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A ping test is used to test the presence of an active connection.  A server pings a computer to see if it’s attached to the network. (“I’m here, are you there?” )  A cell phone tower pings a cell phone so the network knows where to route a call. (“I’m here, where are you?”)  It’s the digital equivalent of that classic line from comedienne Lilly Tomlin’s “Ernestine the Telephone Operator”character:  “Have I reached the party to whom I am speaking?”

Now and again, the World pings me, just to see if I’m paying attention.  It works like this:

There’s this author I like and this other author I like.  I not only have read everything of theirs I can get my hands on, I follow the LiveJournals of both these authors, and therefore have the potential for limited interaction with them (which is mind blowing in a way, but that’s another blog post.) This other author I like started this shared website thing called “Shadow Unit”  for what has been called variously “a serial drama in internet form” and “a fansite for a TV show that doesn’t exist.”  Both these authors have written episodes for this website.  After becoming somewhat familiar with the TV show and very familiar with the website, my take on it is that “Shadow Unit” is what “Criminal Minds” would be like if it was written by award winning SciFi authors who didn’t have to answer to the network or the sponsors.  In other words, it would be really good. (Not surprisingly, it is.  Really good.)  Both the TV show and the website began in 2005.  I’m finding out they both have a lot else in common besides a cast of characters who are agents of the Behavioral Analysis Unit of the FBI.

Allow me to digress:  I have to say I don’t watch a lot of network TV.  I watch “Once Upon a Time” on ABC because Robert Carlyle is in it and I like him, and because it’s an interesting twist on a cross between fantasy and soap opera.  I watch three series on the SyFy Channel, “Merlin” because I like the actors and the writing, and Bradley James is such a hunk, and Warehouse 13 and Haven, because they’re well written, have good characters, and excellent dialog. (I’ve pretty much followed those three from the beginning).  I discovered “NCIS” a couple of years ago, and had to catch up to the current season (9th) through reruns.  It’s on CBS.  I caught some episodes and liked what I saw, I like Mark Harmon and his character and I like David McCallum.  And then there’s “Bones” on Fox Network.  I got in late on that one too (7th season) and had to get up to speed by catching reruns.  (Yes, I am obsessive/compulsive.  I print out the episode list for past and present seasons and check the episodes off as I view them to make sure I don’t miss any.)(Which reminds me, . . . .)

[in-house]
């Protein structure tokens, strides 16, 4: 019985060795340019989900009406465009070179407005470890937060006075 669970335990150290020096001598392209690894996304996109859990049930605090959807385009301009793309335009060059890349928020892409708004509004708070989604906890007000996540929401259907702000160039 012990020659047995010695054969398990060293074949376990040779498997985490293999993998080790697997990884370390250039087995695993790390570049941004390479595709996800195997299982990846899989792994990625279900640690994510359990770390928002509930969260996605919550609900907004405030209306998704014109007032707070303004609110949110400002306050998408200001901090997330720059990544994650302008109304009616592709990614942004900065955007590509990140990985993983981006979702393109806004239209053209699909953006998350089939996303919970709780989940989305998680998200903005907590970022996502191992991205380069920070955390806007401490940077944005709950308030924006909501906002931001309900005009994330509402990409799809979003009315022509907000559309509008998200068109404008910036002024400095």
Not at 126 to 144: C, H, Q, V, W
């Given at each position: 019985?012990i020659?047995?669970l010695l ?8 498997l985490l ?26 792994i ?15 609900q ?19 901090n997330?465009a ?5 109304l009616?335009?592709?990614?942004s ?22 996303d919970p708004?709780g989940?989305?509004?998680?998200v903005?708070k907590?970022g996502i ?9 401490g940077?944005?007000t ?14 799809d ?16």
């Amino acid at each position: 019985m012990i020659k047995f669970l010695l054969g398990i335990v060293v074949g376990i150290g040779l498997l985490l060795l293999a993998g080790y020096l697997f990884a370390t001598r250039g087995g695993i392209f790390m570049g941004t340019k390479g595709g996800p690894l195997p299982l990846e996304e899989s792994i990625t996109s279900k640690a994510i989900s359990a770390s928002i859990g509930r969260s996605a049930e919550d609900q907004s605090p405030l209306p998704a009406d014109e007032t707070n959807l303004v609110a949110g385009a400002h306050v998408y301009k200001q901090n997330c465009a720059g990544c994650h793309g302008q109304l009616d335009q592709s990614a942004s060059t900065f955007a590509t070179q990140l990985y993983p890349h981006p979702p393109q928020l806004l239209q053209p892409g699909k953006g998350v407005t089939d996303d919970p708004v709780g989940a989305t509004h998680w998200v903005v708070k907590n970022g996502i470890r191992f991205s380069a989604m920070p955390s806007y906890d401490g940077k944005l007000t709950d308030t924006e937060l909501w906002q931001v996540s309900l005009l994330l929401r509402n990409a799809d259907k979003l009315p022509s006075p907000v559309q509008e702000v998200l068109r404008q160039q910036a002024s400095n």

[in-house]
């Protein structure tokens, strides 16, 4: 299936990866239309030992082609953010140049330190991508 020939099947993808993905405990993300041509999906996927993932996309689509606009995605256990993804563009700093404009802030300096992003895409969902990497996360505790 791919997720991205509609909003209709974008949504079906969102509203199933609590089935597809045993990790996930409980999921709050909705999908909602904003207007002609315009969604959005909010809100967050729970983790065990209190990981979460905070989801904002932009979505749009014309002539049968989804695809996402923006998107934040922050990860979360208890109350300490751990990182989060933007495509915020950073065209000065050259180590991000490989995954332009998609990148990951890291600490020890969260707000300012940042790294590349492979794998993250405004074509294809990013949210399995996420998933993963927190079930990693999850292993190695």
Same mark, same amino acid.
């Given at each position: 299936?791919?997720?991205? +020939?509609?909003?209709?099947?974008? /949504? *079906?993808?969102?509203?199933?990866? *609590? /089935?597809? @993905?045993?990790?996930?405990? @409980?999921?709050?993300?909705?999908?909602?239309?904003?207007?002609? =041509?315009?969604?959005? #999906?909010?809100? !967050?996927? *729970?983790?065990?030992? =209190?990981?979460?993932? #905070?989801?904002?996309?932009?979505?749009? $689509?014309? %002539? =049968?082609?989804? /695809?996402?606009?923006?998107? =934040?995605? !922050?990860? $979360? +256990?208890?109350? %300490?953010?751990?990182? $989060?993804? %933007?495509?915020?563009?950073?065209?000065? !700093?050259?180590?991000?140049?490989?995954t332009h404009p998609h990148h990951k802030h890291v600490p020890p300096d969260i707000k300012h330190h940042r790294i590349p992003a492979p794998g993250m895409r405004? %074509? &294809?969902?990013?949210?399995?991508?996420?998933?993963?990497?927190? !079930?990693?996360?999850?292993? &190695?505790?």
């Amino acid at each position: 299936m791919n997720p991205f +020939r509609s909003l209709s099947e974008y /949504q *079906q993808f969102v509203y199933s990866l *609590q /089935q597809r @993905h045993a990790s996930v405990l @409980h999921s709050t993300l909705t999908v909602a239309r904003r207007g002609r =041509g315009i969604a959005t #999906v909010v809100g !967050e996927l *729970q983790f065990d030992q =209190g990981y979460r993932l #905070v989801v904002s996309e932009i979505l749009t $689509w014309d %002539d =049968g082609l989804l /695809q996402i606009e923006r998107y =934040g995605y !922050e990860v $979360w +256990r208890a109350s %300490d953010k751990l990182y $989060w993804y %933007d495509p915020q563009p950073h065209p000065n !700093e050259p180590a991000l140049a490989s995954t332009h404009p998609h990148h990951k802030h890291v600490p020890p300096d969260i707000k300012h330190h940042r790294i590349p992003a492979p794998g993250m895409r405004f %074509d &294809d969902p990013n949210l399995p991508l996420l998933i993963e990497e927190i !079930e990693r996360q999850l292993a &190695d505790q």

I record “my shows” on DVR so I can watch them when I want to (TV revolves around my life, not vice versa) (did I mention how great it is to be able to fast forward through the commercials?).  I feel constrained to mention that “Warehouse 13” and “Haven” have not started their 2012 season yet, “Once Upon a Time’s” cliff-hanger is this Sunday, and NCIS has probably got its cliff-hanger coming up if it hasn’t aired already.  That’s only 3 series I’m actually actively watching at the moment.  (Whatever else I watch is targets of opportunity, what I run across while channel surfing, but it’s usually “nonfiction” TV– nature shows, shows about historical events and people,  shows to do with archeology and anthropology,  shows on medical topics, DIY shows, etc.  IMO, about 95% of what is on TV, network and cable both, is junk. )

So, what I’m leading up to is if “Criminal Minds” is such a great show and is liked by two of my favorite authors, maybe I should check it out.  With that idea in mind,  week before last, I searched out all the times it’s being broadcast and rerun, and set them to record so I can get up to speed with the current (8th) season.  I’ve been watching a couple of episodes at a time, and I’d already seen all the episodes in the story arc which culminates in the character of “Emily Prentiss” leaving the show (the teasers showed funeral scenes!) except the final episode in that arc which comes near the end of season 6; however, the past seasons’ episodes are being rerun pretty randomly and I didn’t get to see that last episode in the arc (“Lauren”) until last night.

As a part of the show’s structure, “Criminal Minds” begins with a voice over by one of the shows recurring characters giving a quotation that is relevant to that episode.  The quotes come from all over, Friedrich Nietzsche, Euripides, Rose Kennedy, Yoda, Ralph Waldo Emerson, Winston Churchill, Sir Peter Ustinov, Bob Dylan, Terry Pratchett, Abraham Lincoln. . . .  So here I am about to watch an episode I’d been waiting several days to see, and this is the opening quote:

“The secret to getting away with lying is believing with all your heart; that goes for lying to yourself even more so than lying to another.”  Elizabeth Bear.